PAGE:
As Dallas Wrinkle, associate member of Lambda-Chi Zeta, approaches the target, he prepares for a throw he has been working to perfect for months. By using his lucky disc, the hope is that it lands a straight shot into the target. He takes a quick assessment of the weather to determine if the slight wind is going to affect his game. The crowd is summoned to silence their cellphones and directed toward Wrinkle’s starting point. He throws and the disc fly’s through the air like a bird. He makes the shot that proves his space in the professional disc golf world.
At the young age of 19, Wrinkle has made a name for himself by officially registering as a professional disc golf player. The road to success was not unmatched with trials and tribulations but achieved by sacrifice. Wrinkle spent majority of his life playing baseball and had aspirations to play collegiately.
“The first day [of collegiate tryouts] I broke my hand. The grass wasn’t mowed and when I dove for a ball, my glove got cause in the grass and bent backwards. I took that as a sign from God I shouldn’t go play baseball, I should go play disc golf” explains Wrinkle.
After discovering that disc golf was his preferred competitive outlet, Wrinkle began investing more time and money into the sport. He was naturally talented and excelling faster than the average newcomer. It became clear he needed a seasoned professional to work alongside him. As Wrinkle began frequenting the local disc golf shop, Chris Clemons became that person.
Clemons is a professional disc golfer player in Kansas City, Missouri who has been certified with the Professional Disc Golf Association (PDGA) since 2011. He has won 27 tournaments in his career and currently working on the Beaver State Fling National Tour.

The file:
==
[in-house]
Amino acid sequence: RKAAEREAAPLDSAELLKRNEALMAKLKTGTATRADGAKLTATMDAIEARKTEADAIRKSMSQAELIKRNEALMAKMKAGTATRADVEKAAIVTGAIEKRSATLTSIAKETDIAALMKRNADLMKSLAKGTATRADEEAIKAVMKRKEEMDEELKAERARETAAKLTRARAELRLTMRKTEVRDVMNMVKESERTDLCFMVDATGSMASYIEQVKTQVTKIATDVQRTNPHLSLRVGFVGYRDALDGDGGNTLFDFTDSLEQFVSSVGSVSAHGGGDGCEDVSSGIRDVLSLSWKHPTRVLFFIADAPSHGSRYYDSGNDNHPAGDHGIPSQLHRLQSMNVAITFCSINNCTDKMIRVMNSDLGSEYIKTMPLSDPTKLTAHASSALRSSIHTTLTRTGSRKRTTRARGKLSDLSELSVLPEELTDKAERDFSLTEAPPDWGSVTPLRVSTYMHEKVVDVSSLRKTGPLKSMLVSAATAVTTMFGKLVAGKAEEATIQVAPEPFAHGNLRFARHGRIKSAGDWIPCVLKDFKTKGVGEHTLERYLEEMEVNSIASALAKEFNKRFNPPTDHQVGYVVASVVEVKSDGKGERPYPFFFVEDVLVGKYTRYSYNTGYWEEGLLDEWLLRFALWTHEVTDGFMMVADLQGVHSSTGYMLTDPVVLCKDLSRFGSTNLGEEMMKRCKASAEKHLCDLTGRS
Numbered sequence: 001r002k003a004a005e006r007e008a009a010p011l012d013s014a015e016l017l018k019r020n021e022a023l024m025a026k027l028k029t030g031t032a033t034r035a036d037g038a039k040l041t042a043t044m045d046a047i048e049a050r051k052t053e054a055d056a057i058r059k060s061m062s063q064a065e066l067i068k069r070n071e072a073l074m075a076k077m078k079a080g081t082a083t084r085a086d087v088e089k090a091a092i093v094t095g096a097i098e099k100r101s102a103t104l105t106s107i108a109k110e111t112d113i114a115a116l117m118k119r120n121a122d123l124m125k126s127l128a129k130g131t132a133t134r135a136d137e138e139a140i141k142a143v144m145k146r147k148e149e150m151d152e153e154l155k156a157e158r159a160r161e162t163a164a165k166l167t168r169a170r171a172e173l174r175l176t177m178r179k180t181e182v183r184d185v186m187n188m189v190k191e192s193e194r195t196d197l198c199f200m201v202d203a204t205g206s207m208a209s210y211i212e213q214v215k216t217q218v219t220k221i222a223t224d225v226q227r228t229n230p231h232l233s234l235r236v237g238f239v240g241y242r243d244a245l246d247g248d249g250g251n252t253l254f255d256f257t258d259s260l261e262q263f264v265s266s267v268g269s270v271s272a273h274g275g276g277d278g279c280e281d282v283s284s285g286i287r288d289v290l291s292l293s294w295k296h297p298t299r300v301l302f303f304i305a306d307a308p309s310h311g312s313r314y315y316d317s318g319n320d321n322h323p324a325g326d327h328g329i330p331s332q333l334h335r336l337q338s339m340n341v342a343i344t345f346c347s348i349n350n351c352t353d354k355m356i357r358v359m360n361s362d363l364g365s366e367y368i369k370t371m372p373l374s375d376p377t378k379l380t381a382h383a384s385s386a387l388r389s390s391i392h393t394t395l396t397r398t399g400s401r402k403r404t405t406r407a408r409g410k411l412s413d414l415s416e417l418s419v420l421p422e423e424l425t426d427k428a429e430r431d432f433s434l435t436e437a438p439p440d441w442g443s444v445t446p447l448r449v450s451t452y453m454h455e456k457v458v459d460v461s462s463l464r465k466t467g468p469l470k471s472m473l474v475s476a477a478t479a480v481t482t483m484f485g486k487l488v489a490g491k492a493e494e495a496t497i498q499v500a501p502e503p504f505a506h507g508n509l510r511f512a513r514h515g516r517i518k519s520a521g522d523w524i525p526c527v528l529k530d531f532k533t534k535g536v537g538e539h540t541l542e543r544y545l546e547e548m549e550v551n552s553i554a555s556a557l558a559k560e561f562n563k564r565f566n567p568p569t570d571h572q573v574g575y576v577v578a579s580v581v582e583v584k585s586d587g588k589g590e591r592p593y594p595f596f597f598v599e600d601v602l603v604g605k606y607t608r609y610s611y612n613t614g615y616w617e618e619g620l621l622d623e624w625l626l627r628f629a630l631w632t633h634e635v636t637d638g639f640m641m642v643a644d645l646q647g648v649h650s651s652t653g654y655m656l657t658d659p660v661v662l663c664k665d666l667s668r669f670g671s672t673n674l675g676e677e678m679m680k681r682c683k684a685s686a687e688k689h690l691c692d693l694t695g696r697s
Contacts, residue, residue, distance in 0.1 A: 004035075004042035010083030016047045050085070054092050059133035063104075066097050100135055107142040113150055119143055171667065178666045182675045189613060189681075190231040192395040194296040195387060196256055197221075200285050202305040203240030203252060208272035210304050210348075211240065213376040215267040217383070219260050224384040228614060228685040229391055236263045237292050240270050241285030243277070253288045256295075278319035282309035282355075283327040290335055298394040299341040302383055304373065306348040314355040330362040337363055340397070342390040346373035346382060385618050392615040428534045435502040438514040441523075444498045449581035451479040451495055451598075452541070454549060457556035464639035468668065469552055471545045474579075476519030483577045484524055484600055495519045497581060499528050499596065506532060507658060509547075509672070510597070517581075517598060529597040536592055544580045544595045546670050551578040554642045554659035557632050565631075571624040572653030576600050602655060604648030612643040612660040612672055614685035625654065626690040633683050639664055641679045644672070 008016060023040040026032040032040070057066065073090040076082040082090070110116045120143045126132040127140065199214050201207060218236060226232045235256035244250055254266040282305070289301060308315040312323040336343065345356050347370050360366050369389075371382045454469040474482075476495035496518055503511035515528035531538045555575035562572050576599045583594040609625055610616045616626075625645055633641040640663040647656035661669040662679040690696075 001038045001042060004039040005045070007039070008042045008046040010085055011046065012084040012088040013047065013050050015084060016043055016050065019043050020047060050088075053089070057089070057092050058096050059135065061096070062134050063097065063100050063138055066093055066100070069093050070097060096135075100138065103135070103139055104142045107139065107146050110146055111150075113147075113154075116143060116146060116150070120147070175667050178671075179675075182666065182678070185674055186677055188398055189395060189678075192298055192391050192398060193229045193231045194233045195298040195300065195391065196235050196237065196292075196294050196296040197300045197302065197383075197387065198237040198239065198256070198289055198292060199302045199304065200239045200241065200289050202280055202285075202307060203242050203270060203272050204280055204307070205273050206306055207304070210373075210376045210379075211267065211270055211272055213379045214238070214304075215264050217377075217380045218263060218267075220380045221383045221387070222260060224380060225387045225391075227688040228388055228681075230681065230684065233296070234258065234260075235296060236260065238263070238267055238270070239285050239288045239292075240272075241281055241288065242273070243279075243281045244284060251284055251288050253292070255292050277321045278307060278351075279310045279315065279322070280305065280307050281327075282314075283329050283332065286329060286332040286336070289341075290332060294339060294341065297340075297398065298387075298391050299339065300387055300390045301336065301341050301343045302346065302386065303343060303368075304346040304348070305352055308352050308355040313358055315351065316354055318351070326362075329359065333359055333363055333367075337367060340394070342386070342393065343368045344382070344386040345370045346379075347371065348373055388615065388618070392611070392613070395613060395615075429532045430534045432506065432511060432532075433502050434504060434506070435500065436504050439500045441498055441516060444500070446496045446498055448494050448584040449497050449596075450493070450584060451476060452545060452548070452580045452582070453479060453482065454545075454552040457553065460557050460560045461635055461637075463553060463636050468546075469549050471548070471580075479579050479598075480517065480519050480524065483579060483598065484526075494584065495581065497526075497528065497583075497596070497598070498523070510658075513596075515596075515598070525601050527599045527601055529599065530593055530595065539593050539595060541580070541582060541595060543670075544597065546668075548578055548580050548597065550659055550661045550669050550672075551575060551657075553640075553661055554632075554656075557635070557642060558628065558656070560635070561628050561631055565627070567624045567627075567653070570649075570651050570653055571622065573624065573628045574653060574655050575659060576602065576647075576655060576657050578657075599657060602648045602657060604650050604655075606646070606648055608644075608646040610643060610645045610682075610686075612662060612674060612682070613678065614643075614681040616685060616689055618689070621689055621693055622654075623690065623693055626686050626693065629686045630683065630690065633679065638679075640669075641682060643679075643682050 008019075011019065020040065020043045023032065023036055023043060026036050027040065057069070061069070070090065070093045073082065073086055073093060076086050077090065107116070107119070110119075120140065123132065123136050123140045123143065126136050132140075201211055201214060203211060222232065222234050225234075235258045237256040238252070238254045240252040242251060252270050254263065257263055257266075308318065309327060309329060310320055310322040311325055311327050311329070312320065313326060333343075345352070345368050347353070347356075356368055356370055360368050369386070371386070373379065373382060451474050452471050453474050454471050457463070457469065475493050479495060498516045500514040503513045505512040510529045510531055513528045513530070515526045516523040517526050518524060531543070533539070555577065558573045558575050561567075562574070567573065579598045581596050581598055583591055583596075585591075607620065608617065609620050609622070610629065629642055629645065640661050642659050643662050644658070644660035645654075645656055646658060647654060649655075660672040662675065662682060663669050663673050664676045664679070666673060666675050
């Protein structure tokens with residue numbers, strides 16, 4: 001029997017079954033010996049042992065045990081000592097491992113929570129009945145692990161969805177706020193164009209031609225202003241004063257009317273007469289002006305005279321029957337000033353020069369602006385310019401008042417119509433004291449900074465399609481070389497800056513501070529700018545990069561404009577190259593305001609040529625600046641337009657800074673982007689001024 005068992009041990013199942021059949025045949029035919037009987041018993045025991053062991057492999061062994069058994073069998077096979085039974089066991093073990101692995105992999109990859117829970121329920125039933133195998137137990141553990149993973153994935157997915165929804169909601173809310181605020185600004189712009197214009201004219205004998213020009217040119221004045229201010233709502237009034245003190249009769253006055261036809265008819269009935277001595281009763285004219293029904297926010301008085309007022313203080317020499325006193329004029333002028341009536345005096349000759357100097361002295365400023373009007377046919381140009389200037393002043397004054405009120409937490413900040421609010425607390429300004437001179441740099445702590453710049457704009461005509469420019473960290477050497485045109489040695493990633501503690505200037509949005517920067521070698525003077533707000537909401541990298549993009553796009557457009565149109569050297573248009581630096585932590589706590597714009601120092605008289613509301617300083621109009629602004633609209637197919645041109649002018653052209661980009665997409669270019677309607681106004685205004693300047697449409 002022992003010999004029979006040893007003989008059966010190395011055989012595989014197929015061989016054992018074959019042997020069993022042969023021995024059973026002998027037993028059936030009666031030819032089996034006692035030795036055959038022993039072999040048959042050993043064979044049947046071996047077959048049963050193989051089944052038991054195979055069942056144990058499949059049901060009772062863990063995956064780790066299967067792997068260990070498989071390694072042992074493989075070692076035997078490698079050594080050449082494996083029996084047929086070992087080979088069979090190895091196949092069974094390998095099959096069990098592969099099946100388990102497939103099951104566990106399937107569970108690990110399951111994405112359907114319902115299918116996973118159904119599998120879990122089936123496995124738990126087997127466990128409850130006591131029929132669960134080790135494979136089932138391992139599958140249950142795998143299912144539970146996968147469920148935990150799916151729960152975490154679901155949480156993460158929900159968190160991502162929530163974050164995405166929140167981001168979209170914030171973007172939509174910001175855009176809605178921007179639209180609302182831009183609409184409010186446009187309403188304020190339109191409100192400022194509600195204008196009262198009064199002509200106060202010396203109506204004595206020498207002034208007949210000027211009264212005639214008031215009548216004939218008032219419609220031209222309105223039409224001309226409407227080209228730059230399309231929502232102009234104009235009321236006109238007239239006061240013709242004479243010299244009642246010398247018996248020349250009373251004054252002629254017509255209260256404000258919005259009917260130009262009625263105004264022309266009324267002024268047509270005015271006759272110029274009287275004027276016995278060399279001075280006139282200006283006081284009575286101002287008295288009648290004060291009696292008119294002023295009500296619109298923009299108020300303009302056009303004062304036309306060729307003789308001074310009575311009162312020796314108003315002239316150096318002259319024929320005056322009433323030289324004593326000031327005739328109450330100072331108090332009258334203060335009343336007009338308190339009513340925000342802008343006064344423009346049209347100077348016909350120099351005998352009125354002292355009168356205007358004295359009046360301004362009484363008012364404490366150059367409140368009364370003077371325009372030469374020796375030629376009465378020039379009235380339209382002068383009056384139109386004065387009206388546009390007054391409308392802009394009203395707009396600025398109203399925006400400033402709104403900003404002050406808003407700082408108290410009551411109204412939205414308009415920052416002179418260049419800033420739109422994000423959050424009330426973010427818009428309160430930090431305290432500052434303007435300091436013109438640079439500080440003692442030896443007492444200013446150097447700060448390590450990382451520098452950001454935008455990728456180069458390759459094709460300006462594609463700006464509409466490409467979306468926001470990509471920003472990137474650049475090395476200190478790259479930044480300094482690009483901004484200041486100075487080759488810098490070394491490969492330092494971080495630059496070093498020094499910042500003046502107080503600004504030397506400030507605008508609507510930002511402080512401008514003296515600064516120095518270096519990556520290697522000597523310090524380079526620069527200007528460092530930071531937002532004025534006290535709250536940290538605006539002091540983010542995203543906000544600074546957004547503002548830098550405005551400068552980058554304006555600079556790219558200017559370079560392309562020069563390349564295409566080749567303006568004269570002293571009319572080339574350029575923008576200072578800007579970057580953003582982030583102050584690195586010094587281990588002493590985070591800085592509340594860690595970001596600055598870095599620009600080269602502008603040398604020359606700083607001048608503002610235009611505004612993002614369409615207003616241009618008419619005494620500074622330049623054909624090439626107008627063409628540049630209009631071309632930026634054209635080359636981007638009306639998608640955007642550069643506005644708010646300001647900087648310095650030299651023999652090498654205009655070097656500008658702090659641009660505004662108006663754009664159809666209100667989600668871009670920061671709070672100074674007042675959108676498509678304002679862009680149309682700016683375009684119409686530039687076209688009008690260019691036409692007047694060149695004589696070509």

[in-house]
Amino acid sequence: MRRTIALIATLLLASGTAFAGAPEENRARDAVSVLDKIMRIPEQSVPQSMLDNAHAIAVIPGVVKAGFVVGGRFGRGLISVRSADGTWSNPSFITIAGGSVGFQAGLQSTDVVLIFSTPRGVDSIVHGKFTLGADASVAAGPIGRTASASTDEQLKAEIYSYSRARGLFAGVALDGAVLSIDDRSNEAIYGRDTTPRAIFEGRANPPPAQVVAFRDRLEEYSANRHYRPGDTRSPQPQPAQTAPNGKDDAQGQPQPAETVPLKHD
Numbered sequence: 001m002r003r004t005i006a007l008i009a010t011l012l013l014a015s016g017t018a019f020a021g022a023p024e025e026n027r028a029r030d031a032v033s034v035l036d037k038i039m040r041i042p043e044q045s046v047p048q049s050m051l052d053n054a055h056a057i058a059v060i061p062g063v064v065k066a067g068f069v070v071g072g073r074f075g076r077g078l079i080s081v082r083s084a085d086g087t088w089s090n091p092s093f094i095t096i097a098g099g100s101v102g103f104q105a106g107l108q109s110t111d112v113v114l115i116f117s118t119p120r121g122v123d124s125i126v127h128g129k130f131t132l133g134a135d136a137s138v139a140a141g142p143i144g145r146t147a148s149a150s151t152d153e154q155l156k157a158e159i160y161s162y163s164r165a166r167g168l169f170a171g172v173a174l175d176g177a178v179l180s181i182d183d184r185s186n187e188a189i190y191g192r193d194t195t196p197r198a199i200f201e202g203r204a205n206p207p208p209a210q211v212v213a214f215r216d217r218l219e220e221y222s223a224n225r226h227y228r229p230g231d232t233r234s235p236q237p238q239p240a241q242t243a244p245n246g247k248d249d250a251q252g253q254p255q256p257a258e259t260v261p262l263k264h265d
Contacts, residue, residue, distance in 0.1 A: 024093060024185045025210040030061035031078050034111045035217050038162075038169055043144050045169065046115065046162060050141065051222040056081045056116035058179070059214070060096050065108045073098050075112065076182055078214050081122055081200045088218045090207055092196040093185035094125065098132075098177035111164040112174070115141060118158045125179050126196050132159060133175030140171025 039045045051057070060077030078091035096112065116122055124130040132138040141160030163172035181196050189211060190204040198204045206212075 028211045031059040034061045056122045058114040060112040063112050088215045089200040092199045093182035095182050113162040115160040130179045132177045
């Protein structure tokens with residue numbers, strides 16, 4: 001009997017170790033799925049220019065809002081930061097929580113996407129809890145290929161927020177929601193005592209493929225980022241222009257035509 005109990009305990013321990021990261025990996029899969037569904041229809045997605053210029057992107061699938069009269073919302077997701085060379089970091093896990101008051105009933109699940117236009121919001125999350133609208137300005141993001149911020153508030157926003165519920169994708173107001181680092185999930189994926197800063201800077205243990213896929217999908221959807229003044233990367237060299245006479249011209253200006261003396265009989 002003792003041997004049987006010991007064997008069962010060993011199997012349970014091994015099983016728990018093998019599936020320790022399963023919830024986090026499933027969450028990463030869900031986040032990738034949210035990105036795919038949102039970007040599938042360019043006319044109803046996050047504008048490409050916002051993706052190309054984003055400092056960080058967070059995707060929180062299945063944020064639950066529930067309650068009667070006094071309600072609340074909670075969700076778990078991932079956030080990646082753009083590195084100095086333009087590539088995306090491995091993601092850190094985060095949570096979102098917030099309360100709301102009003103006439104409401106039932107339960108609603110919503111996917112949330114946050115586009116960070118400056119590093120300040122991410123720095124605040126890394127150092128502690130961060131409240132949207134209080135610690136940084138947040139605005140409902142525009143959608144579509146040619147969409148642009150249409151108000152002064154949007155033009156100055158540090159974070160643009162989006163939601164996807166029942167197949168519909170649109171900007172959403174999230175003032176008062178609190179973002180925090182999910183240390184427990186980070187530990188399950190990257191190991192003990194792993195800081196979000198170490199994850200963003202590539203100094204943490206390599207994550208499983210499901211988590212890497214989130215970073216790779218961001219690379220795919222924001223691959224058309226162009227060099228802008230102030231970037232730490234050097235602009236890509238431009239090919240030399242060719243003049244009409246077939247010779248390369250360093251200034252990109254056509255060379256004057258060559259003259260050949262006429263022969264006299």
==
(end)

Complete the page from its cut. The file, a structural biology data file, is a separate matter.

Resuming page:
“I started working at the shops and he trained me. I picked his brain as much as I could. I studied him and the way he went about things. He’s always down to teach anyone sign a disc.”
After Clemons allowed Wrinkle to caddy during practices, his career took off. Wrinkle began spending his free time at the course to learn techniques for throwing in different situations. If there was a tournament, he was the first to sign up. He loved the ability to compete with like-minded people in a game he truly felt passionate about.
As an amateur, players are given “player packs” in leu of a cash reward. Wrinkle acquired water bottles, t-shirts and more discs that he can count. After spending time in the amateur circle, he decided to take his talent one step further by becoming a recognized professional with the PDGA. To reach this level, a player must reach a score above 980 and turn down player packs in hopes of winning a cash prize for the overall win of the tournament.
“Once you start, you just can’t stop. That seems to be the case for a lot of disc golfers.”
Wrinkle hopes to graduate from a local professional to a touring professional, making disc golf his full-time job. Along with his current local sponsors, he would like to acquire a sponsorship with a large disc manufacturer to gain more visibility. He encourages aspiring players to start small and build their game from the ground up.
“Go to the closest store and buy a cheap, mid-range putter. Get your friends and just go play, that’s the first step to it. Most of the time, when you play, you’ll get hooked.”
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